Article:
Chip supply is tight, Nissan cuts Mississippi factory output
According to foreign media reports, the shortage of semiconductor chips has disrupted global automobile production and has now reached Nissan’s Canton plant in Mississippi. This plant is responsible for the production of Nissan's pickup trucks, cars and commercial trucks.
2021 Frontier (Image source: Nissan)
Later on January 29, a Nissan spokesperson said in an email: “Due to the global semiconductor shortage, Nissan is adjusting production capacity at our North American factory. We continue to work closely with our supplier partners to monitor Situation, assess the long-term impact on the factory.'
A factory memo shows that Nissan’s Canton plant has stopped production of Frontier and Titan pickup trucks at the end of January for two days, and the pickup truck production line will be closed on February 8. According to data from industry consulting company AutoForecast Solutions, Nissan produces approximately 410 medium- and full-size pickup trucks at the plant every day. At the end of this summer, Nissan's mid-size Frontier will undergo a major facelift. This is the first time this model has been facelifted since 2004.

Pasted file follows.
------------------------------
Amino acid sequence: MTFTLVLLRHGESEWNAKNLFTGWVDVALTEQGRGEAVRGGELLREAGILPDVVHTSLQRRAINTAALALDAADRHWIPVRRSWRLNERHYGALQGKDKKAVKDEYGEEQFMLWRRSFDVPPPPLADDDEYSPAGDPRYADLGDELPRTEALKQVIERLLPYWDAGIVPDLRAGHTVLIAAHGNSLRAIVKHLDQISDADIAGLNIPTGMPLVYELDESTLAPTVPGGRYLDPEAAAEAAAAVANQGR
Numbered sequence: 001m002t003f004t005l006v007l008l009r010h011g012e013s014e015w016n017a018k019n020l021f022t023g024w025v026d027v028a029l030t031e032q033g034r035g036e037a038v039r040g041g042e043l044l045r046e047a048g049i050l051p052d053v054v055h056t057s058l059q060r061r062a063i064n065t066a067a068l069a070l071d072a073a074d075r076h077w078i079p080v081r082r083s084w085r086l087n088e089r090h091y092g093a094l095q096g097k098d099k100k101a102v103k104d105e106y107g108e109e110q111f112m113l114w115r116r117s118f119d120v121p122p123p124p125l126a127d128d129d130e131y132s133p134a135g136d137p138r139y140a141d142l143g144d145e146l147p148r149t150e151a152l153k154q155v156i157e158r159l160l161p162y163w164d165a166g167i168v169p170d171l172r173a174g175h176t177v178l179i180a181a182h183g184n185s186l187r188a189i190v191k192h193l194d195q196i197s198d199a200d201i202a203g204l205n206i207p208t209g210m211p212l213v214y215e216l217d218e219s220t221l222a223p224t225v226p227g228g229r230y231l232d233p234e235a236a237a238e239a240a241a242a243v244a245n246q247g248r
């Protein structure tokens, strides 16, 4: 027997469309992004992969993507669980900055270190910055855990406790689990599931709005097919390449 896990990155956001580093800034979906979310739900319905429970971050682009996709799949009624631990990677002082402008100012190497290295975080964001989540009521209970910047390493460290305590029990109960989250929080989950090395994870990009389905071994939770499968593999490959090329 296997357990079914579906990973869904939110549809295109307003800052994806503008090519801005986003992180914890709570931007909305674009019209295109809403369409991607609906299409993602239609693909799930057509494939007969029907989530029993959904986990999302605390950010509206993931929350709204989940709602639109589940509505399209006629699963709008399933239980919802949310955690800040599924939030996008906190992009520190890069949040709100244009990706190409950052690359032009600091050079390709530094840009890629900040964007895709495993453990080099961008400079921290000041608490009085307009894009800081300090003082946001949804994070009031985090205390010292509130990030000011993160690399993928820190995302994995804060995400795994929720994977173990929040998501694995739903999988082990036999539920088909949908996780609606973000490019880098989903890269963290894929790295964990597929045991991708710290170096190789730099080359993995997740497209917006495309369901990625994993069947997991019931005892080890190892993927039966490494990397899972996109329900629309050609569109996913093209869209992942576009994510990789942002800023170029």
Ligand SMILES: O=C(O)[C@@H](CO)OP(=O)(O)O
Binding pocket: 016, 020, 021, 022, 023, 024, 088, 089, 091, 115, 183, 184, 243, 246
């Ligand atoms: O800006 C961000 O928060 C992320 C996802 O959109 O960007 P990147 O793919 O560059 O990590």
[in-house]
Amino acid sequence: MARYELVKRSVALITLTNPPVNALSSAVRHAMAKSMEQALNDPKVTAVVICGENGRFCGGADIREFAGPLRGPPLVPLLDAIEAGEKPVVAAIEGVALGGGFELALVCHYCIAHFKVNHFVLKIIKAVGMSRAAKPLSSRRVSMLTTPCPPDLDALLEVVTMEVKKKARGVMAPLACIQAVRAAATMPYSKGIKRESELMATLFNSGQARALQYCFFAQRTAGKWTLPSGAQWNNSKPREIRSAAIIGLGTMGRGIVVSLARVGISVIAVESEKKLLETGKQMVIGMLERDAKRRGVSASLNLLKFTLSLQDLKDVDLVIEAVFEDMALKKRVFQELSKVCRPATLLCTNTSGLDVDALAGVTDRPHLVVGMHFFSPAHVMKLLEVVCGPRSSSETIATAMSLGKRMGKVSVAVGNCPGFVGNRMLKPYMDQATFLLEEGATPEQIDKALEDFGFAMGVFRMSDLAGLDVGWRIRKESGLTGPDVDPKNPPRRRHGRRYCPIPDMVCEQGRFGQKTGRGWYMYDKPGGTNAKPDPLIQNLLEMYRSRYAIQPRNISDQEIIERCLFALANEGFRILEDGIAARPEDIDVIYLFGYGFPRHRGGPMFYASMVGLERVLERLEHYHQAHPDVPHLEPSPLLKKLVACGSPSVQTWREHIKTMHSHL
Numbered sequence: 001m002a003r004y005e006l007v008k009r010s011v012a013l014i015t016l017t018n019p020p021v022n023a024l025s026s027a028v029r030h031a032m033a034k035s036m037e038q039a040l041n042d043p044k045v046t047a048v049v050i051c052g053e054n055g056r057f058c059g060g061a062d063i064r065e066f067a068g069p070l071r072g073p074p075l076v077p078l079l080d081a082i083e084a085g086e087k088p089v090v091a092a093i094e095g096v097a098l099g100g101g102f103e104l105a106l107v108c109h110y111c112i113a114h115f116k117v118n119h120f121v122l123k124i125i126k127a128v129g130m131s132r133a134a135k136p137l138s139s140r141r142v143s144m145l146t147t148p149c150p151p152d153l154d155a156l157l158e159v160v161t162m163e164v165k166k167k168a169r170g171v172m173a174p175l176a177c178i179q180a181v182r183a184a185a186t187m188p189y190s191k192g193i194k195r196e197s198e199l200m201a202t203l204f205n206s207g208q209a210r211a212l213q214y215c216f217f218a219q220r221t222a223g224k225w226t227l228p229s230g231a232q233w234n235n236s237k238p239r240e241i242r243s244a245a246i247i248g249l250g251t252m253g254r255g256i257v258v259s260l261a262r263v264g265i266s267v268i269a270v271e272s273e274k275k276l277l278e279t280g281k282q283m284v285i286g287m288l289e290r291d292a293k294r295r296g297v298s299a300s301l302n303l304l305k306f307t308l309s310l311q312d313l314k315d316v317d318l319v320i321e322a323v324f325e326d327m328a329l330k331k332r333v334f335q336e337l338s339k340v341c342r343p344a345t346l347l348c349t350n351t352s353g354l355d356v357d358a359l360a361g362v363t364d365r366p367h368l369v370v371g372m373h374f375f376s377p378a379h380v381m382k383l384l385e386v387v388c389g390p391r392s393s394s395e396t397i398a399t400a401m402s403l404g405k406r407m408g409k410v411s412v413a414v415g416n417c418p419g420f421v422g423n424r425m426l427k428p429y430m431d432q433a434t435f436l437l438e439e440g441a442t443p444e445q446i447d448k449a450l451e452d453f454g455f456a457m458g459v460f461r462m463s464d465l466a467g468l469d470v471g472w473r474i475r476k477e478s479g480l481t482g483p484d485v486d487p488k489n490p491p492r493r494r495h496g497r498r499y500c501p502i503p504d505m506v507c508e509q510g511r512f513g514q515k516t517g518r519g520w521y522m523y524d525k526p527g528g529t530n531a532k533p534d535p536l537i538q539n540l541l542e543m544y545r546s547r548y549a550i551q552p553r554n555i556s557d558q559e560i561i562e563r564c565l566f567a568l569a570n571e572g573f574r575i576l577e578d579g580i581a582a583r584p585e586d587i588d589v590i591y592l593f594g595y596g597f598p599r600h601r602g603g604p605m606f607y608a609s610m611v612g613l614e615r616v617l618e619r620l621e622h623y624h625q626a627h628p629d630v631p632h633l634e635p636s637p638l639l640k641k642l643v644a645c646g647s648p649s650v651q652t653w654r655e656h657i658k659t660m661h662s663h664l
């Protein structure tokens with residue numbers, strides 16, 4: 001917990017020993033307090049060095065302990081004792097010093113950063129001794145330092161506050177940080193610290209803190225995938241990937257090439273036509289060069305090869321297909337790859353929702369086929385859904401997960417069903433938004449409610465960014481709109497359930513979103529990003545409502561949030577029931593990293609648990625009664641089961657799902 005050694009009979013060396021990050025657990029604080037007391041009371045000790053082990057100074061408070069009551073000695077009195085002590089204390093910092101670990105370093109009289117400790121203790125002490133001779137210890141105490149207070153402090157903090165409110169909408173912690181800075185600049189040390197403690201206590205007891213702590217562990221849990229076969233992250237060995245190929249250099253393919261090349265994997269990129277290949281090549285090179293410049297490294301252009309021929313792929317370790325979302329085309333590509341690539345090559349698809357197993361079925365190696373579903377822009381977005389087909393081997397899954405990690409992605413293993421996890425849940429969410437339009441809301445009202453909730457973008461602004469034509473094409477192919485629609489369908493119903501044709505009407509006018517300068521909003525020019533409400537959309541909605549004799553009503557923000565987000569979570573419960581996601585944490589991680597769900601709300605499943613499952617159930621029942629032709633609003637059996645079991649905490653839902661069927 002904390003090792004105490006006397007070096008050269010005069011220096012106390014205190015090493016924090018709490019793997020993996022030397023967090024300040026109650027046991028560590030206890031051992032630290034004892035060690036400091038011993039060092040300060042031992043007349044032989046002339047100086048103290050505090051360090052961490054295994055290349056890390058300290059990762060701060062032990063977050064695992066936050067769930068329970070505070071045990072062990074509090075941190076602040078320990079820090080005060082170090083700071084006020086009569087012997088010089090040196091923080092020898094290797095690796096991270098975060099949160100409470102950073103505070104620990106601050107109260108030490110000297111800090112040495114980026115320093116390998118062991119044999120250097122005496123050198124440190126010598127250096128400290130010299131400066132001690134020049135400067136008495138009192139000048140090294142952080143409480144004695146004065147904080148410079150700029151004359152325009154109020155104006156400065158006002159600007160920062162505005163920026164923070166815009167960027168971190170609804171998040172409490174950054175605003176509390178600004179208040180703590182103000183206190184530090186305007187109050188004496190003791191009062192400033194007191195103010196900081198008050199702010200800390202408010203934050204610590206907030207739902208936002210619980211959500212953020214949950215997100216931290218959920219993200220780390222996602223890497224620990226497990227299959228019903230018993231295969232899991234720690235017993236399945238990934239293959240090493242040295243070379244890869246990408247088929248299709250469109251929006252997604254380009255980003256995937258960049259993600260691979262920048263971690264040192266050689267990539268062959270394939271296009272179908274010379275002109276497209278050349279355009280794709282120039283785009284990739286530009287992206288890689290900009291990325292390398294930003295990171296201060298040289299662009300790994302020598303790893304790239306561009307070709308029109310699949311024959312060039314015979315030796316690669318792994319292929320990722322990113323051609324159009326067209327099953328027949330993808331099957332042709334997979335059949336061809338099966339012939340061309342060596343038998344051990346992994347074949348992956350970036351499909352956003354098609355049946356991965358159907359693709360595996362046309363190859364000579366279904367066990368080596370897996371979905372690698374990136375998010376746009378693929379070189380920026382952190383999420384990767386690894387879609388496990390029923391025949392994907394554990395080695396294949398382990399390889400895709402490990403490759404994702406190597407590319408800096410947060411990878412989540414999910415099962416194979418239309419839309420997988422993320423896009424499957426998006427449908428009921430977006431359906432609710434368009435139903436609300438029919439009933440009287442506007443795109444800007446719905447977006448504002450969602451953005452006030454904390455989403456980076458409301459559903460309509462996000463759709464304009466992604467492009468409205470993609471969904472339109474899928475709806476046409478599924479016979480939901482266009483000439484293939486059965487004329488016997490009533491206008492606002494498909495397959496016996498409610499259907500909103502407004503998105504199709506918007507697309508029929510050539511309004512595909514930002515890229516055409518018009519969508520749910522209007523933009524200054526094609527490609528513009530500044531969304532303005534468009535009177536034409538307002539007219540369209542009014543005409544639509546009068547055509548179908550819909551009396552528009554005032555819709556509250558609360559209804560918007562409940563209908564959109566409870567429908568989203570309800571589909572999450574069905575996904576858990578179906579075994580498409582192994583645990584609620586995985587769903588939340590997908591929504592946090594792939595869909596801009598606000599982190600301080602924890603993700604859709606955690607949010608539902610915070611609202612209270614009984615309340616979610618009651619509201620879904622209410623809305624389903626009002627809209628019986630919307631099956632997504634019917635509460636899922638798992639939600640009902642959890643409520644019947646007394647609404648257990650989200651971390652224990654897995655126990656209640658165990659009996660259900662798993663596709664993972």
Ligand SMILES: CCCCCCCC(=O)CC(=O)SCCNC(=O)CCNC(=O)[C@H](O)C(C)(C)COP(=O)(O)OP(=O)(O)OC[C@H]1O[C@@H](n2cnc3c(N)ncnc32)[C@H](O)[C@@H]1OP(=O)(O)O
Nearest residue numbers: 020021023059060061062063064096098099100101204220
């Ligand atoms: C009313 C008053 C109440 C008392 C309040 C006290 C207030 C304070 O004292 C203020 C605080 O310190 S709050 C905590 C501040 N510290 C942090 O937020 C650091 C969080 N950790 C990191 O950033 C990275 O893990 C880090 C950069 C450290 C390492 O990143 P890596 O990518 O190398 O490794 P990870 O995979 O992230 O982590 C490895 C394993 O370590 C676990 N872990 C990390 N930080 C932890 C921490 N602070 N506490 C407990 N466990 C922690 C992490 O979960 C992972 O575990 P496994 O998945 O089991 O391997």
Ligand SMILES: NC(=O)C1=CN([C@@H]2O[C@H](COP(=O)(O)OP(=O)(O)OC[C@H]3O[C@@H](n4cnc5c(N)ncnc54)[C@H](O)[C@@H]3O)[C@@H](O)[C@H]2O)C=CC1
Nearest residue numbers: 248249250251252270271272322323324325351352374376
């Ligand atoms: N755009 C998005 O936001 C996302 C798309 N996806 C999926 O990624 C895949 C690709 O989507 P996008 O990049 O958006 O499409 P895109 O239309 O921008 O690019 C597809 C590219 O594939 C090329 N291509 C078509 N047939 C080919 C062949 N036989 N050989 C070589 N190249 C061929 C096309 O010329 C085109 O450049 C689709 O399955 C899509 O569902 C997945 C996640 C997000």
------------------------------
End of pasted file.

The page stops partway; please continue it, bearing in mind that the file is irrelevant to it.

In addition, the memo shows that the assembly of Altima at the Canton plant has also been affected, and Nissan has cut overtime in January and production of Altima on Saturday.
Nissan’s larger Tennessee plant in Smyrna, Tennessee, has not been affected by the lack of cores. The plant mainly produces crossovers, including Nissan’s best-selling compact crossover Rogue.
The shortage of chips has affected the production of some automakers in the United States, including Ford and Toyota. Industry organizations predict that the chip supply shortage will continue into the second quarter, and may even be in the second half of 2021.